It was pre-dawn over Lake Huron. The water in the bay was calm and still, like glass if left alone, lapping lazy ripples if gently disturbed. A rarity for the Great Lakes, even in a bay. My eyes had only recently woken up, invited to observe the wee morning hours by the faintest summer breeze. My body was reluctantly paddling my kayak to the point where Lake Huron met Saginaw Bay. It longed for a cozy bed but my heart yearned to see the sun come up over the water, chasing the stars away.
The night before I had agreed to join my sister’s beau to paddle out and watch sunrise because I am a sucker for any opportunity to revel in nature. Slowly but surely we quietly made our way out into the big water. The whole reason we were there was to be in and appreciate nature. But looking back on that day I remember the paradox that emerged during our conversation - this young man who clearly loved nature was unable to think much about it.
He was about to graduate from college with a degree in business. He was smart, articulate, and adventurous in many regards. But his enterprising spirit was retreated when I asked him what he thought about the stars. He would not even venture a guess about the nature of the sun we were watching glow. I was by no means an expert in astronomy but I was inclined toward science - I had earned degrees in electrical engineering and I was about to marry a physicist - but my vocation was teaching and learning. And so I found myself then as I often do now, inquiring about and nurturing learners.
“I’m not good at science,” he had said. I replied, “I’m not testing you. I’m just asking what you think.” But my gentle invitation talk about science was rebuffed. The sun was rising, warming everything it touched. The waves were getting bigger, gently rocking our boats and guiding us through the water. I decided to drop the science of it and just sit back and enjoy being out there.
I am acutely aware of STEM-phobia that plagues teaching and learning in the classroom. I have earned degrees in electrical engineering where I was often the only woman in the classroom. I have worked in a research lab and as a computer programmer, working by myself for hours at a time in order to contribute to team success. I have taught math and engineering at universities and colleges, where my students often said, “I’m not good at math.” And I have earned a graduate degree in education where I studied history, trends, challenges, and philosophy of science curriculum and instruction.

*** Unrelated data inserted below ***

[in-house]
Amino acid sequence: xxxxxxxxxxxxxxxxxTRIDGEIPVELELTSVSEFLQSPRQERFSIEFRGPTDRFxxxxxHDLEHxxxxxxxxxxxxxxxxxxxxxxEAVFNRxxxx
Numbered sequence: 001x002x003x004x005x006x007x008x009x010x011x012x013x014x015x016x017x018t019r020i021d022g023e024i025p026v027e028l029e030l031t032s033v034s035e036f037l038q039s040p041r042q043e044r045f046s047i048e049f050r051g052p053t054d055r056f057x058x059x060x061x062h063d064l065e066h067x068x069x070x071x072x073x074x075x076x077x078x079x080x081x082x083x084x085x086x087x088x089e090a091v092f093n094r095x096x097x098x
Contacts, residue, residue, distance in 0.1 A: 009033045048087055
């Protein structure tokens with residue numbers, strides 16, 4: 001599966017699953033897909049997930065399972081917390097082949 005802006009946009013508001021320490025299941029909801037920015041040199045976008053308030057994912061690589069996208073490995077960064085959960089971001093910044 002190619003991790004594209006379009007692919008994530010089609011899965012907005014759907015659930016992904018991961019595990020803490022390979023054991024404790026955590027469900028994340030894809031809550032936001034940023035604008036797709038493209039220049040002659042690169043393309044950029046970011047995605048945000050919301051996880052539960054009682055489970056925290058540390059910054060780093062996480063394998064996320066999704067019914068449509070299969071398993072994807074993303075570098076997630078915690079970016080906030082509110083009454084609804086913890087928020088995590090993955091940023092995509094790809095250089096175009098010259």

There is one thing I know to be true about science and science education: Scientists are excited to share what they know and what they discover. But sharing what they know is like any other social situation, the challenge lies in communication.
To open yourself to the world of science, first consider the following scenario. You are at a party, sitting with your best friend and giggling about an inside joke when another friend comes over and sits down near you and asks, “What’s so funny?” You and your BFF exclaim, “it is an inside joke.” Jokes are funny and it always feels good to share a laugh with a friend. So you attempt to describe the context of the joke, who was there, and what happened. All the while, you hope that your other friend “gets it.”
When a scientist learns something new, he or she is often faced with a similar challenge of explaining the discovery in a way that is analogous to you explaining your inside joke. It is easier to explain the discovery to other scientists who were there or otherwise understand the context of how discoveries are made. Bringing a layperson into the conversation requires more effort and the less the layperson knows about science the more effort it takes. That is why scientists, teachers and educational researchers dedicate a LOT of energy to inviting young people into the community. There are well-defined descriptions of what to teach, how to teach, and when the learning has been achieved. But all those efforts are focused on formal K-12 schooling.
Most likely, reader, you are not constrained by the formalities of school. You are a parent or caregiver, long since graduated from high school and/or college. And as such you have the luxury of learning science outside the classroom! What is more, you can learn science alongside your young child who is also free to learn.
The best part of learning science with your child is that it is self-directed (or child-directed). You determine what you study, how you study it, and when you are satisfied with what you have learned.So I am inviting you to re-approach something that may have seemed unapproachable yesterday. I want you to find your sunrise, enjoy everything it takes to merely observe it, and then...study it. I believe that if you are open to learning science then your child will learn, too.